Home Apple Hires NFC Expert, Mobile Payments Coming to iPhone?

Apple Hires NFC Expert, Mobile Payments Coming to iPhone?

Apple has just hired Benjamin Vigier, an expert in the field of near-field communications, as its new product manager for mobile commerce, reports NearFieldCommunicationsWorld.com, a trade publication for NFC-based products.

NFC is a short-range, high-frequency wireless technology which lets devices, primarily mobile phones, communicate with other NFC devices in order to exchange data. This allows for a number of applications including mobile ticketing, mobile payment, e-money, electronic keys, smart billboards and more.

Vigier has been involved in NFC technology since 2004, working at French mobile network operator Bouygues Telecom and flash memory manufacturer Sandisk, NFC World reports. Most recently, he served as the product manager for mobile payments company mFoundry, where he designed PayPal’s mobile service and Starbuck’s barcode reading application, also used for mobile payments at checkout.

Now Vigier is bringing his considerable expertise to Apple, a move that hints at the Cupertino-based company’s interest in bringing NFC technology to its mobile devices, specifically the iPhone and possibly the iPod Touch.

Apple’s Latest Patents

Apple has been busy filing a number of NFC-related patents as of late, notes the article, including a mobile payments service, “iPay,” “iBuy” and “iCoupons” patents, an airline ticketing patent and several others.

In some of the app patents submitted recently, Apple used third-party screenshots to demonstrate the technology in question, a detail which immediately led to “PatentGate 2010,” thanks to media hysteria. (See The New York Times, TUAW, The Register, TechCrunch, GigaOM, n-tv, oh and here too.) But Anand Sethuraman, senior patent counsel at Apple, responded that the screenshots in question where merely being use to illustrate apps that could use such technology – Apple was not trying to patent the user interfaces itself.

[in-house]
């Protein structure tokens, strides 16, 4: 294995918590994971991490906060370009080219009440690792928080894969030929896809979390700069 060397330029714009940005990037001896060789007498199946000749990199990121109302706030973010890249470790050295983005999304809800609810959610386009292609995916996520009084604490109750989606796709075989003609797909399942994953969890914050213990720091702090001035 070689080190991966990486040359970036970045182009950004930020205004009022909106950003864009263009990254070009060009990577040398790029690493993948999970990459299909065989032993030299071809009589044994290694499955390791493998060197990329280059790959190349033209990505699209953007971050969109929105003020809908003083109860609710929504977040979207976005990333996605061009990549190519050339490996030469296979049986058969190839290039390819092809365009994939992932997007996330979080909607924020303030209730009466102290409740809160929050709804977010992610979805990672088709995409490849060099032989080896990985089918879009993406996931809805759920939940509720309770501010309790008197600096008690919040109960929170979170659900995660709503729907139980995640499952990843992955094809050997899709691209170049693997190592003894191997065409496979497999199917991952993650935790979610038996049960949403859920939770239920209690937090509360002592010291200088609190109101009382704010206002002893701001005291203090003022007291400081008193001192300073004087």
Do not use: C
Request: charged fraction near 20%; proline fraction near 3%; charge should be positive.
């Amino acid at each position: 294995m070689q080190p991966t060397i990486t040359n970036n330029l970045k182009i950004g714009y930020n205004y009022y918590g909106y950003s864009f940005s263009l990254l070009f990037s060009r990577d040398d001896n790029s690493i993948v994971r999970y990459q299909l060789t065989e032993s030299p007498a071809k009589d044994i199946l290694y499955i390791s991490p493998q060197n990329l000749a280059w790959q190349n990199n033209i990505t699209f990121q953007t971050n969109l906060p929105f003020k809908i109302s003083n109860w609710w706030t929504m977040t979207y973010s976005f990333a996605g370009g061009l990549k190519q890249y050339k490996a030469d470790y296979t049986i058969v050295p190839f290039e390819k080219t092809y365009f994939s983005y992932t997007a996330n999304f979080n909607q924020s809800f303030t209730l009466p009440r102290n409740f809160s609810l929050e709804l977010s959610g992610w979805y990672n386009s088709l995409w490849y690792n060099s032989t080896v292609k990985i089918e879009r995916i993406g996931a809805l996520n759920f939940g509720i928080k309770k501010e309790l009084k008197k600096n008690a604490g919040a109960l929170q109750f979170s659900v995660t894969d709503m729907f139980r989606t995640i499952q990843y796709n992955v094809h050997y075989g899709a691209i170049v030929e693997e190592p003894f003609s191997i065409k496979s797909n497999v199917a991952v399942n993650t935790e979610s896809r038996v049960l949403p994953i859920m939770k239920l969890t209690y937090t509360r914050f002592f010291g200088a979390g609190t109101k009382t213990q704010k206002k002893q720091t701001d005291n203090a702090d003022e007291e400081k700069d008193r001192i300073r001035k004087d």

If the underlying technology is what Apple cares about, then the spec and diagrams contained in the patents could serve as “prior art” in future claims. Given Apple’s ideas (they’ve submitted patent apps in a number of verticals, including hotel booking, fashion, travel and more), if the patents were awarded to them, it would limit the ability of app developers to secure patents of their own for such technology. While that seems bad for developers on the one hand, it would allow all Apple developers looking to use the tech within their own apps to do so, without being concerned they were infringing on their competition’s patent. Developers would then compete amongst themselves to create the most useful app using the technology, which would then help Apple increase the size of its App Store catalog.

And such internal competition among its developers could give Apple a one-up on its top OS competition to date, Google’s Android mobile OS, now the top smartphone operating system in the U.S. Using NFC technology in combination with these patents would give Apple even more of an edge.

But all this is just speculation, given Apple’s typical hush-hush nature regarding its product plans and roadmap. What we do know is that Apple could certainly use a killer feature to keep Android at bay. NFC may be it.

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